DVD Decrypter & Macrovision ownership

I saw these 2 news items over at Afterdawn and thought I’d share.

DVD Decrypter to be removed
“Macrovision Corporation recently acquired the intellectual property rights in all versions of DVD Decrypter from its author…”

and

Macrovision RipGuard can’t stop ripping
“Back in February this year, Macrovision made a terrible attempt to scare the “ripping community” with the introduction of RipGuard…”

The old DVDD url now redirects you to Google UK. Why does Macrovision keep trying?! :bigsmile:

They will never learn. The people will never let it die.

:cool: :cool:

Thanks for the links - interesting reading. :cool:

In case you don’t know this one yet:
http://forum.digital-digest.com/showthread.php?t=56831 :wink:
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I have some questions about this.

  1. If they claim its in violation of the DMCA, how can they also claim ownership? Aren’t they just saying they’re in violation of the DMCA?

  2. If they own something that was freeware, doesn’t that mean all NEW versions of something they have control over, instead of a version that was distributed freely for a number of years?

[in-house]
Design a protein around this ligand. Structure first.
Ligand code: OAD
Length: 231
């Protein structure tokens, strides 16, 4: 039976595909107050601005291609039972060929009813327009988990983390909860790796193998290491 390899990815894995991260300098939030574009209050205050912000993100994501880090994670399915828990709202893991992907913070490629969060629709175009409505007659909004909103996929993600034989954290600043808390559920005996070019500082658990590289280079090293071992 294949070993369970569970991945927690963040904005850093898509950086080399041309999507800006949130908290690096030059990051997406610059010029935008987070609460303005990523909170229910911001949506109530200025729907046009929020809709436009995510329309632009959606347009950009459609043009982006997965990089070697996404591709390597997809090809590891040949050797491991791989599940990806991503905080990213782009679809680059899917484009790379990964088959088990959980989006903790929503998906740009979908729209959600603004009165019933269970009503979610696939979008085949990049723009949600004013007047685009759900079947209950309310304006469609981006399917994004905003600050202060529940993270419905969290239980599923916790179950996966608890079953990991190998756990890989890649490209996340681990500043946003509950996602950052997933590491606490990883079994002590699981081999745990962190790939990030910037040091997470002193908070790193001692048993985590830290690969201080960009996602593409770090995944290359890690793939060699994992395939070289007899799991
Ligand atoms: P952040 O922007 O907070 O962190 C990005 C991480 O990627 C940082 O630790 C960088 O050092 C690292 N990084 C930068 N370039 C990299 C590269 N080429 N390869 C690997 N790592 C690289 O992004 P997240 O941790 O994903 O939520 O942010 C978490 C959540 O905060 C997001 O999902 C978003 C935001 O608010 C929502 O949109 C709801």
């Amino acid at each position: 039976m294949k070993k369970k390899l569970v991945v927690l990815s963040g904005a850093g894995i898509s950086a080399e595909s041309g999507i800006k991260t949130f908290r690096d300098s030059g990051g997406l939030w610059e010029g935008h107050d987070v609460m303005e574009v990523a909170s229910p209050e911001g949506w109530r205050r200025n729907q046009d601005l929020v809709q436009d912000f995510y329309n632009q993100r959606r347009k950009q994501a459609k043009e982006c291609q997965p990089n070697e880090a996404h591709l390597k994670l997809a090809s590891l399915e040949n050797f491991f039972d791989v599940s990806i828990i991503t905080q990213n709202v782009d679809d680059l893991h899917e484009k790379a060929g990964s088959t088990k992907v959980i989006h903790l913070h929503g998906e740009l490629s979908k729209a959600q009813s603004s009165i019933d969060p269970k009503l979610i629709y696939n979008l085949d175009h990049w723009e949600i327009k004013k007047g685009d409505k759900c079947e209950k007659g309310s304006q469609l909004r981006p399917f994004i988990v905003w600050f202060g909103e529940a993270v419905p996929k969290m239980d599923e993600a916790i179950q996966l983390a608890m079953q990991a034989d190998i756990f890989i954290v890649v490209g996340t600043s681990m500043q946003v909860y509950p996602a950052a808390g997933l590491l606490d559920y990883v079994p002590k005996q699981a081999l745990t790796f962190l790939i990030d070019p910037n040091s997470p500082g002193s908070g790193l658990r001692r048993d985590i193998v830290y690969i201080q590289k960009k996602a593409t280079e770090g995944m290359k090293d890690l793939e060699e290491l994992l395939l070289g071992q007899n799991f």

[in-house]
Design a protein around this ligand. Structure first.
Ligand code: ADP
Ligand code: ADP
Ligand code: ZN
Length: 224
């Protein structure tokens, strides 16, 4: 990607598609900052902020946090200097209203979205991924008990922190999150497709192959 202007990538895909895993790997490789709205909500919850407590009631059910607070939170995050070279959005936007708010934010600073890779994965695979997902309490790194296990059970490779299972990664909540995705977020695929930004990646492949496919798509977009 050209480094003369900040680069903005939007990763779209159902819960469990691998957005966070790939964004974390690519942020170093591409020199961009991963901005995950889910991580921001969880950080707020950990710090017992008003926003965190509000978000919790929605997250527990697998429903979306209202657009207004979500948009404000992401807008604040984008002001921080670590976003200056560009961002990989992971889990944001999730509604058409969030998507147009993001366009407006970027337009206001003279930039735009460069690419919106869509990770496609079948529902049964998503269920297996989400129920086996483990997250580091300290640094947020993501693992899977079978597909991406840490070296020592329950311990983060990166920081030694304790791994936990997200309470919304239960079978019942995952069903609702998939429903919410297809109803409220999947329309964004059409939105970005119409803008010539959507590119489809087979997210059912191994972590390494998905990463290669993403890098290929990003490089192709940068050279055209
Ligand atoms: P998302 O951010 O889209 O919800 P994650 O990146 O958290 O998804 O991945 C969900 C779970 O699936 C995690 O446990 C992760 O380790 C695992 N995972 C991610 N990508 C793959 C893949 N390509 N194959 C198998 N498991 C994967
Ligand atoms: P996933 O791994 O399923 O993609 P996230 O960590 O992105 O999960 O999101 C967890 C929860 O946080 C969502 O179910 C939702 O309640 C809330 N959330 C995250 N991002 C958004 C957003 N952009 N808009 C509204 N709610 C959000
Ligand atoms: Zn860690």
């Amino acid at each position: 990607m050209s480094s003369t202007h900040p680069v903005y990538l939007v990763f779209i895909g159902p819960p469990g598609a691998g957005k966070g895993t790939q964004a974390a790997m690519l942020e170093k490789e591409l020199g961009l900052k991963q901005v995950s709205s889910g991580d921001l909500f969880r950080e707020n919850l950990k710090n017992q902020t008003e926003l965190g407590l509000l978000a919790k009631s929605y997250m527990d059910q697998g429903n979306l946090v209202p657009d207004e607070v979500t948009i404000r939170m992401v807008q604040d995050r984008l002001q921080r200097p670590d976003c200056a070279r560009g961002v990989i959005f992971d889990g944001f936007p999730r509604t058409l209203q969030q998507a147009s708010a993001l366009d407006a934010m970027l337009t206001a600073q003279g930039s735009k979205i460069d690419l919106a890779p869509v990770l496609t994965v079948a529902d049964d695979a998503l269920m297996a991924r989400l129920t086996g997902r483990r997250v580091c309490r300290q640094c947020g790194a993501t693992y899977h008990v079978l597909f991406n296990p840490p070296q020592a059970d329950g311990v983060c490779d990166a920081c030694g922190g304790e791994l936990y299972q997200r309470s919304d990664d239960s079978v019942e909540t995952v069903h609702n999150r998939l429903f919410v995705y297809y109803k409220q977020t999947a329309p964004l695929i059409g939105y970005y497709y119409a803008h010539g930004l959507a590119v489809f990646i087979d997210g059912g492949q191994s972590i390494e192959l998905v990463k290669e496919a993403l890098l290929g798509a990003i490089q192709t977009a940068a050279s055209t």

Macrovision claims ownership because Lightning_UK! assigned all his rights to the program to Macrovision as part of his settlement.

Macrovision is now the sole owner and copyright holder of the program with all the rights that that encompasses.

for this, shouldn’t the program have been copyrighted in the first place? Was not Decrypter in the public domain? this is confusing.

The program is and always has been copyrighted. The fact that it was freeware does not mean either that it is public domain or that it was open source.

The copyright that was vested in Lightning_UK! as its author has been assigned to Macrovision which is now the owner of the copyright.